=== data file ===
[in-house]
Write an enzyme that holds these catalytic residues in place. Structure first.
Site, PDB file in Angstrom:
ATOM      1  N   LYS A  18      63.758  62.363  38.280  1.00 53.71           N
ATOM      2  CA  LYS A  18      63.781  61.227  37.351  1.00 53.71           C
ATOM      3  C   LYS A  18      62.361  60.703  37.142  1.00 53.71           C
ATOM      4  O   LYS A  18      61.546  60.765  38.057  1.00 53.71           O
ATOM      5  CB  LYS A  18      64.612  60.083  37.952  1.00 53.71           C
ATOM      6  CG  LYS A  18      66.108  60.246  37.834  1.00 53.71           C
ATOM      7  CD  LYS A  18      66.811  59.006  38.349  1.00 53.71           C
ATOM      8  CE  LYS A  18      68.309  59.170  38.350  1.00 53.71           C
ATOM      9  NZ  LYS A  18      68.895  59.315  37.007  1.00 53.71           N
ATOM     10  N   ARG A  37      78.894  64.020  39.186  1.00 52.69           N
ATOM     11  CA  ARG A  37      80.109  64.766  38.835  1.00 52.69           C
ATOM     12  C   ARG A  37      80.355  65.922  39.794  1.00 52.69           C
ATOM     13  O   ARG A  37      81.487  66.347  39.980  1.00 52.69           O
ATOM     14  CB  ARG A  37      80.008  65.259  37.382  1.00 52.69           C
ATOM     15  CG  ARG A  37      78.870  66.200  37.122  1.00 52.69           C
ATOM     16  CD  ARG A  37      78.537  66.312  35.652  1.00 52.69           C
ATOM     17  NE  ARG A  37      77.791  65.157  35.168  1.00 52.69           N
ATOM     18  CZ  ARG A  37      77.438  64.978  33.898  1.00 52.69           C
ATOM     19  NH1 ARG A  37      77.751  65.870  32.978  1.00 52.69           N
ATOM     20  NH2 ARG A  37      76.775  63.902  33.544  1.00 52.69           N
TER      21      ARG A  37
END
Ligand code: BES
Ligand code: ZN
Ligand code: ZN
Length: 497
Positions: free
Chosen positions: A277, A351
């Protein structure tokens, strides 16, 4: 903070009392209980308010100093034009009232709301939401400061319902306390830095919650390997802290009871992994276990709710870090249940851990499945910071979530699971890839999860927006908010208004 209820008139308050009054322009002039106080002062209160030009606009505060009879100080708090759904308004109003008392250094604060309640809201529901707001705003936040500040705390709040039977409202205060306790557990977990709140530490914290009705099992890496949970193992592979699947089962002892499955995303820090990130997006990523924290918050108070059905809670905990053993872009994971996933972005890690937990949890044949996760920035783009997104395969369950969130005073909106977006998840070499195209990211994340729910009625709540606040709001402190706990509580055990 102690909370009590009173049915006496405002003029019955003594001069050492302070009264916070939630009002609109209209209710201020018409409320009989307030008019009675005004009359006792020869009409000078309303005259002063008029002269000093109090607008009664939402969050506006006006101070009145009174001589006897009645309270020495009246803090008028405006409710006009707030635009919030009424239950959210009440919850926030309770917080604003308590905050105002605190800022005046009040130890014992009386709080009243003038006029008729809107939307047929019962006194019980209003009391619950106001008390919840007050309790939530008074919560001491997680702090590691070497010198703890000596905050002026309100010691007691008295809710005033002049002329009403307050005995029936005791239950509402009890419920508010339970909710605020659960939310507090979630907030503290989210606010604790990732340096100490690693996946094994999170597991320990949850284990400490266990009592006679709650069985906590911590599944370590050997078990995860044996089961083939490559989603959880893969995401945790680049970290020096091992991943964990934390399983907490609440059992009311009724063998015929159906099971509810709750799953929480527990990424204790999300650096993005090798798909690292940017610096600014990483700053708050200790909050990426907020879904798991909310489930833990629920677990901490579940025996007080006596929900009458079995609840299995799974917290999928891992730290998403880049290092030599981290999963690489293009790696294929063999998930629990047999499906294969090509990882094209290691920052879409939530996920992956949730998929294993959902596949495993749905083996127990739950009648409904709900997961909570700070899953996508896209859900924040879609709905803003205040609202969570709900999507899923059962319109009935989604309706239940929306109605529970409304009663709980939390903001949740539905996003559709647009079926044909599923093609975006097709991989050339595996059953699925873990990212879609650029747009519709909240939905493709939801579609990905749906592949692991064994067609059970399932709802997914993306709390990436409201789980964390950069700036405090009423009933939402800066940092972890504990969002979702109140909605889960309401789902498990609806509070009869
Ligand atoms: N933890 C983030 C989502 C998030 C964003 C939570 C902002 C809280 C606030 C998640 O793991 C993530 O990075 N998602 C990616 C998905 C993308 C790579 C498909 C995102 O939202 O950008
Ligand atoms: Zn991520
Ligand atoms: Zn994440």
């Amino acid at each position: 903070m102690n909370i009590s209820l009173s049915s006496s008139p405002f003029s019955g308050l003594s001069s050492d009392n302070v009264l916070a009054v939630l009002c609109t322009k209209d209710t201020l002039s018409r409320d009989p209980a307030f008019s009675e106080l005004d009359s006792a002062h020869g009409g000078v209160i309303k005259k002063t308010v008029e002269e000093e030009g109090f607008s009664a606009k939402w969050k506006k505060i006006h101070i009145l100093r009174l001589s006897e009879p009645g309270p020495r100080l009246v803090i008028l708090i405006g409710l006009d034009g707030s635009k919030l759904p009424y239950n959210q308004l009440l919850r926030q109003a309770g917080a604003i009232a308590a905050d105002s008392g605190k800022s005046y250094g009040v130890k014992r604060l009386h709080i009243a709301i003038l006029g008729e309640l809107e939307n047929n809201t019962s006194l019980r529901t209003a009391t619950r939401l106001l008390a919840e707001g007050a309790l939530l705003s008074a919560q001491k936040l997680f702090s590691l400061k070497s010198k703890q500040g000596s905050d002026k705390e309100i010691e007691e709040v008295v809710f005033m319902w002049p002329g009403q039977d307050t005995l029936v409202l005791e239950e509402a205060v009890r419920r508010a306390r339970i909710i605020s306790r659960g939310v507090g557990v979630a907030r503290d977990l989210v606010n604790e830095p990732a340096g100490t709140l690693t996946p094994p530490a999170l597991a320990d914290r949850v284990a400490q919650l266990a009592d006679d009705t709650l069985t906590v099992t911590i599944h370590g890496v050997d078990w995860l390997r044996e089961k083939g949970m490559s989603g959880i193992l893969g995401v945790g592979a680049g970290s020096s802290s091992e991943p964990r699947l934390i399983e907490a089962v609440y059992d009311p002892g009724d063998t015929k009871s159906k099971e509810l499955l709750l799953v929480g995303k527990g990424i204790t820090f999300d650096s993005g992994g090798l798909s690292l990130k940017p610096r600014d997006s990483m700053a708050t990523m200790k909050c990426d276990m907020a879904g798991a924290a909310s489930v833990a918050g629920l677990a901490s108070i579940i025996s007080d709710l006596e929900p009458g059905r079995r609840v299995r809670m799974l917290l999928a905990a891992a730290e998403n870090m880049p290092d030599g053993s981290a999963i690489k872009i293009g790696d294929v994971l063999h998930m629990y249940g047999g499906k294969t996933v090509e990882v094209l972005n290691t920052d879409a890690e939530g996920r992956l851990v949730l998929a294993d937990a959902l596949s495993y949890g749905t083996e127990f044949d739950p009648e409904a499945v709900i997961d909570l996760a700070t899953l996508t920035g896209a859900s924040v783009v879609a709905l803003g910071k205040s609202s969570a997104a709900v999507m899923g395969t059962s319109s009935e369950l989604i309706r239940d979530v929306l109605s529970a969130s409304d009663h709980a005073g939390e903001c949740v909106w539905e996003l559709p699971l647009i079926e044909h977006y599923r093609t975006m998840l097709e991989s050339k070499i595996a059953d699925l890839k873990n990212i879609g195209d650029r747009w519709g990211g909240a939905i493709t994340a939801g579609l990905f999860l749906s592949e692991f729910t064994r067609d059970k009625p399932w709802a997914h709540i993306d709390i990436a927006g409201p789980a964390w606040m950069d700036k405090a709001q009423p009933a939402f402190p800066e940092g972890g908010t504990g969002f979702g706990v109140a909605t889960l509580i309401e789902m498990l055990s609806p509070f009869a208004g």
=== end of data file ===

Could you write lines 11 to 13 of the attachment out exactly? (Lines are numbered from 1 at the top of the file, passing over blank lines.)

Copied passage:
ATOM      8  CE  LYS A  18      68.309  59.170  38.350  1.00 53.71           C
ATOM      9  NZ  LYS A  18      68.895  59.315  37.007  1.00 53.71           N
ATOM     10  N   ARG A  37      78.894  64.020  39.186  1.00 52.69           N